Bent Knee is unlike any band you’ve ever heard. Its borderless sound combines myriad influences from across the rock, pop, minimalist, and avant-garde spectrums into a seamless, thrilling whole. Its new album Land Animal—Bent Knee’s first for InsideOutMusic/Sony—takes its sound to a new level. It offers a suite of songs full of addictive hooks, lush melodies and enthralling twists and turns that capture the reality of life in the 21st Century—a reality of people and nations in the midst of tumultuous change. It also communicates a ray of hope and desire for listeners to embrace the fact that they’re not alone in their struggles.

“The silo-smashing Bent Knee’s unique mix is equal parts ingenuity and deliciousness,” said Jim Fusilli of the Wall Street Journal in 2016 when he first heard the group. “Bent Knee breaks new stylistic and temperamental ground,” declared Steve Smith of The Boston Globe. Other media outlets worldwide have reacted with similar enthusiasm, including NPR and the BBC, which have playlisted the band.

Bent Knee formed in 2009 as a democratic collective determined to push the boundaries of pop and rock. Lead singer and keyboardist Courtney Swain’s soaring vocals are instantly arresting. Guitarist Ben Levin is one of the most dynamic and versatile guitarists around, shifting between the raging and raucous to the sublime and meditative. Bassist Jessica Kion and drummer Gavin Wallace-Ailsworth combine into an enthralling rhythm section that’s equal parts powerhouse and nuance. Violinist Chris Baum’s kinetic violin work provides drama, grace and intrigue. World-class producer and live sound designer Vince Welch weaves it all together with a captivating, expert touch.

The band has gone from strength to strength in recent years. Its last two albums, 2016’s Say So and 2014’s Shiny Eyed Babies, were hailed as significant art-rock achievements. The group has performed hundreds of shows across the world to date. During the fall of 2016, the band played for ecstatic audiences as an opener for the U.S. leg of The Dillinger Escape Plan's farewell tour.

With Land Animal, Bent Knee has elevated its storytelling ambitions to create narratives that reflect and refract the currents we’re exposed to in the news every day.

“We’re at this bizarre point in history when our species can almost actively play God,” explained Baum, when discussing the themes running through the album. “We’re getting closer and closer through communication and technology. On the flip side, we still have many primal urges that have yet to evolve. There’s a strange balance between our technology and our biology that’s tremendously difficult to find. Land Animal explores where those animalistic urges come from and how we can harness and transform them to create a better reality.”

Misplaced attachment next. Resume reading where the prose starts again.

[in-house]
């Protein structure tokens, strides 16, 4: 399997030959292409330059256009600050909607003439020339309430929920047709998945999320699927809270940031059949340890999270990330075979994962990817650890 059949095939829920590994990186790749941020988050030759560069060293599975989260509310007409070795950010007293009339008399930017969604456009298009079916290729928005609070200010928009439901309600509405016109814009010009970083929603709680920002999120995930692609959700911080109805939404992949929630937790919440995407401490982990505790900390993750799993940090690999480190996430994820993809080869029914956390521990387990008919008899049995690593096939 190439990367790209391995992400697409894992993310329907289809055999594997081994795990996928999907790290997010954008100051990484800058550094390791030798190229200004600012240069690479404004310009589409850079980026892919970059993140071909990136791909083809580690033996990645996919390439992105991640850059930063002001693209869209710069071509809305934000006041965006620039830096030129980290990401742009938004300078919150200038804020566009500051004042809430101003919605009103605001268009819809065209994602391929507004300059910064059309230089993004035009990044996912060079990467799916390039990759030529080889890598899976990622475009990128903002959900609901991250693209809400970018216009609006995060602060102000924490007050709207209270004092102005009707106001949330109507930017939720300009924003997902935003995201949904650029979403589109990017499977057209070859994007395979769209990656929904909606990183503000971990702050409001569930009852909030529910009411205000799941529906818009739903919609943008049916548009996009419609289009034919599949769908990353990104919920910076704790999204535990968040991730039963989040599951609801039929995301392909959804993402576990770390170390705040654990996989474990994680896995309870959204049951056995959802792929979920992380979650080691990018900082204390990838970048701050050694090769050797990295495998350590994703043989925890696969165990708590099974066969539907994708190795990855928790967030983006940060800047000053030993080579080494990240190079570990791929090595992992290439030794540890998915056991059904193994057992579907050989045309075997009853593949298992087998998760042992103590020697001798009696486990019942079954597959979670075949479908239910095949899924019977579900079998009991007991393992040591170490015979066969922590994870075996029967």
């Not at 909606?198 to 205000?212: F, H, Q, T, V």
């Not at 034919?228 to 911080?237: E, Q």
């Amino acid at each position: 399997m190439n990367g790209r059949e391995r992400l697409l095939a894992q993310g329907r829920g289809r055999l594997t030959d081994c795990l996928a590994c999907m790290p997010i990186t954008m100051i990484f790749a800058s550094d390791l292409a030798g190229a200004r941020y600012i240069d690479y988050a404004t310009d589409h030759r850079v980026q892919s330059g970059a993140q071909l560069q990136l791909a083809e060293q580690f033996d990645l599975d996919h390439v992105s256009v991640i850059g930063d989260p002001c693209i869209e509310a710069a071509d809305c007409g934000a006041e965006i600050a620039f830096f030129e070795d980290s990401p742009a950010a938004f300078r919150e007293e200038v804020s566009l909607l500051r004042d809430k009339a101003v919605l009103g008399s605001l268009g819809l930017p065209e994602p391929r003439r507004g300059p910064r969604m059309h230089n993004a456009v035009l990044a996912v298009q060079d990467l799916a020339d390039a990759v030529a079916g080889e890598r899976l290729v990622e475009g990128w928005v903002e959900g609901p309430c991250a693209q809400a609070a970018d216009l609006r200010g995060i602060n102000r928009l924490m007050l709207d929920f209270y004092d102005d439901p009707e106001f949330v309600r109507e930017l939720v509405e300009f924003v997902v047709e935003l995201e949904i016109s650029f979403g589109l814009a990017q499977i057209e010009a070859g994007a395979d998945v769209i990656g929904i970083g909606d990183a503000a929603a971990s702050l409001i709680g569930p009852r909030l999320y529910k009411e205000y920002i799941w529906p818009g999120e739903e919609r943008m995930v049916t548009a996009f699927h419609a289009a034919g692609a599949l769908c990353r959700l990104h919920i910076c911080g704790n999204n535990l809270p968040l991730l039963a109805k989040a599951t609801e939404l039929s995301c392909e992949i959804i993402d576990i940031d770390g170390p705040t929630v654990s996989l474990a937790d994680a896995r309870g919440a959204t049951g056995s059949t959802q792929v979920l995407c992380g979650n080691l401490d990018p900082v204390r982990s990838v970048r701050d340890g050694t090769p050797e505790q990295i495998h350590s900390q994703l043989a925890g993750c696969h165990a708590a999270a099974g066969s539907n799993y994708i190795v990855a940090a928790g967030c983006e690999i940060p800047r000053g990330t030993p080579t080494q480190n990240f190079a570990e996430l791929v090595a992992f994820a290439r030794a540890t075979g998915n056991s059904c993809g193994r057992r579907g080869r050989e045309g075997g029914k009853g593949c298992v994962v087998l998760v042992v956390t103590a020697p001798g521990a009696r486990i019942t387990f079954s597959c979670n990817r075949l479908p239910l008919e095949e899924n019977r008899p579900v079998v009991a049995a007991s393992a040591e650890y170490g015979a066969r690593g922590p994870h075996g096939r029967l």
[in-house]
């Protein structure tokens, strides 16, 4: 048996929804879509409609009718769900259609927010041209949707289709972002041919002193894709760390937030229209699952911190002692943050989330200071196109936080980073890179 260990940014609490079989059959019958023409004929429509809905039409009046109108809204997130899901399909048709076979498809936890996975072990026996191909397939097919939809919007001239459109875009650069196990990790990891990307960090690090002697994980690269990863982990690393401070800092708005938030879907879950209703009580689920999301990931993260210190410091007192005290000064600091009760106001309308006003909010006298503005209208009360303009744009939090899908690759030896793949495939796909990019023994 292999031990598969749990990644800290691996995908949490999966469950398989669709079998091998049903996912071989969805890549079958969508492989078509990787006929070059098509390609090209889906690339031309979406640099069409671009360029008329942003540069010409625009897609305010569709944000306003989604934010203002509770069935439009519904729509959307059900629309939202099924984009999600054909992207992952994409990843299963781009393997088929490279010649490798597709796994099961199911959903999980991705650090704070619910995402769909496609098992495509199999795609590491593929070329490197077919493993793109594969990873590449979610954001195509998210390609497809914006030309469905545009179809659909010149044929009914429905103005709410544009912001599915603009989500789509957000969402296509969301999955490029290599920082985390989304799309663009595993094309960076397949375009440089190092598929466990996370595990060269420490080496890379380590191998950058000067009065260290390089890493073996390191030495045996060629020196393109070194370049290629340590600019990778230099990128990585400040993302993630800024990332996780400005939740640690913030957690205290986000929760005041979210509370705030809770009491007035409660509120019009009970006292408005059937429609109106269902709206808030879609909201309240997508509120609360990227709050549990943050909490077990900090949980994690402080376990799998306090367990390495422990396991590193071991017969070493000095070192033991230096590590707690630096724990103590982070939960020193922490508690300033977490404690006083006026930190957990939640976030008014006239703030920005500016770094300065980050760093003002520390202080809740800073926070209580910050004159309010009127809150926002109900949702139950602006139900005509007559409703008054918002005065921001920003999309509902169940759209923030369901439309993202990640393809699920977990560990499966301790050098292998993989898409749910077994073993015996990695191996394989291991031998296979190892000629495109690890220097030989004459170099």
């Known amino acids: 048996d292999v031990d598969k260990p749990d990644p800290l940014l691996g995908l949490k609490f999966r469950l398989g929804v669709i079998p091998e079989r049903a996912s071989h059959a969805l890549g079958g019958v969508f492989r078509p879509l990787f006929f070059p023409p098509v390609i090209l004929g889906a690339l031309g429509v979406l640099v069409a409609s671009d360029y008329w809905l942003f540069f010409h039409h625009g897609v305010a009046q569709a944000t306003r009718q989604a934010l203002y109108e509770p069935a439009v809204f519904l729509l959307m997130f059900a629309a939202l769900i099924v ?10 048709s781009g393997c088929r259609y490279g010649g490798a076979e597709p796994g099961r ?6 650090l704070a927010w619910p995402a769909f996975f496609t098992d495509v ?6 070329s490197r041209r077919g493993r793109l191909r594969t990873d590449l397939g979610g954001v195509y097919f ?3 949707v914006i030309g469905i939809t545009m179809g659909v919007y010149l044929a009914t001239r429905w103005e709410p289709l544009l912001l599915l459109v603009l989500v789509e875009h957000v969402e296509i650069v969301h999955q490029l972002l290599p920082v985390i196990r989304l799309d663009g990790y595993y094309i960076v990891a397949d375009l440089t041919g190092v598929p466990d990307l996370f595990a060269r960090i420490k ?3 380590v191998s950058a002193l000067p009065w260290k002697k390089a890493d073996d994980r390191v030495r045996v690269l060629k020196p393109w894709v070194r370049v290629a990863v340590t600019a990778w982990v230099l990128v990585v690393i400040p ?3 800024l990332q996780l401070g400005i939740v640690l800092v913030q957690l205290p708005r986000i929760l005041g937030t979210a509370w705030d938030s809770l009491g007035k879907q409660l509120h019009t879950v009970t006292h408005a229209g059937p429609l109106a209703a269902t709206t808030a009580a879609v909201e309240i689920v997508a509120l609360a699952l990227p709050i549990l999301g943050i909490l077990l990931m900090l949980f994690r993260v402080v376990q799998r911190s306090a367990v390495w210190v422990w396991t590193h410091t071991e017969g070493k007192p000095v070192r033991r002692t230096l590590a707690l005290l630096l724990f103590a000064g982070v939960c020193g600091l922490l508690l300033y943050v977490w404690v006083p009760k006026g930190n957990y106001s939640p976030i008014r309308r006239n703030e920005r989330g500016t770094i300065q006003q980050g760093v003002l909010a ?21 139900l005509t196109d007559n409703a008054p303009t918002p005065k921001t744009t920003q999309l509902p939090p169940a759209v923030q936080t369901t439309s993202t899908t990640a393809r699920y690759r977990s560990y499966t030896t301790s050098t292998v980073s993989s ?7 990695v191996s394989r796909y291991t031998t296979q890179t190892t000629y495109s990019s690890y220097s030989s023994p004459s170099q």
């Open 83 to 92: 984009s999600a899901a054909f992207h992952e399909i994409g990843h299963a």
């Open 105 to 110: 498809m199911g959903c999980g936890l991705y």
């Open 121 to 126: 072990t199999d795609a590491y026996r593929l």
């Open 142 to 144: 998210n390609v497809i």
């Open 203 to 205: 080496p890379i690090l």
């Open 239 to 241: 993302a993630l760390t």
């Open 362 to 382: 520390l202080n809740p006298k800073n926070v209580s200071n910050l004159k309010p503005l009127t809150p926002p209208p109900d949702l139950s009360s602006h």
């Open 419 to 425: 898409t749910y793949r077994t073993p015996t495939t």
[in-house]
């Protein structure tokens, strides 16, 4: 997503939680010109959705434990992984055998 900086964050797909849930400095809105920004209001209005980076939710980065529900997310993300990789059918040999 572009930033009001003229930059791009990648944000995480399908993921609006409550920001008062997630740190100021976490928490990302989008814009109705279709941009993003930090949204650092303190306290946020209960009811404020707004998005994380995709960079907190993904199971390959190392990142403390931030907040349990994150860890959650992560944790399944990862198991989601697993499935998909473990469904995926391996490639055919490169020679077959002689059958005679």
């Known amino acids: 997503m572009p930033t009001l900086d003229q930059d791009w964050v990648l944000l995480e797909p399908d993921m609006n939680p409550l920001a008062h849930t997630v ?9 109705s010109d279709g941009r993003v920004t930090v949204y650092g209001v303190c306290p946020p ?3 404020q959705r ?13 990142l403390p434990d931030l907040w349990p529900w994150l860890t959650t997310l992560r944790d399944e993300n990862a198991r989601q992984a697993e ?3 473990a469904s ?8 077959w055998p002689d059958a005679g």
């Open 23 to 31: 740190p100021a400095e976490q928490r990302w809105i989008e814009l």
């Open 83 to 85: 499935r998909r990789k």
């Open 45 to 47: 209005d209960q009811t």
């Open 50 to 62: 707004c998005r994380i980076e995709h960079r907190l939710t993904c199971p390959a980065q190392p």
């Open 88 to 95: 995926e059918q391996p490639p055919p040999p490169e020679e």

“The album has all kinds of songs about struggle,” added Levin. “We look at global warming, family strife, technology-mediated relationships, racism, and societal polarization. Each song is imbued with a dichotomy between who we are now as a species and where we’re going.”

As the band hits the road in support of the album, it intends to explore the diversity of thought amongst its ever-growing audience in a world where it's increasingly easy to live inside one's echo chamber of ideologies.

“I think our music is powerful and capable of uniting people with different perspectives,” said Kion. “They may think about things differently, but they’re there together, part of the concert. The fact that music and art can bring people together in that way is a really significant force that’s needed right now.”

“We haven’t made a political album with Land Animal,” said Wallace-Ailsworth. “However, it’s definitely motivated by the difficult state of the world at the moment. If people are able to take some comfort in our music or create dialog through it, those are great things for us.”

Like the band’s previous work, Land Animal is full of fresh, sophisticated arrangements and beautiful vocal harmonies, but it’s also its most direct statement to date.

“It’s a really juicy and immediate album,” said Swain. “With our previous album Say So, I think it took people a few listens to absorb its themes. That’s not the case with Land Animal, which delivers more instant gratification.”

“We tried to balance that with an appealing narrative arc,” said Welch. “The album starts with ‘Terror Bird”, a song about individuals and communication issues and ends with “Boxes”, a song that explores the fact that we’re all marching towards our own demise, so we better make the most of the time we have. Land Animal is an epic journey.”

At the end of the day, the band believes strongly in music as a force for positive change and delivering ideas no other medium is capable of.

“We believe music is the most efficient way to get a point across,” said Baum. “The only way to cut through the noise of a confused, globalized world is to create something that speaks directly to the soul, and that’s what we hope we’ve done with Land Animal.”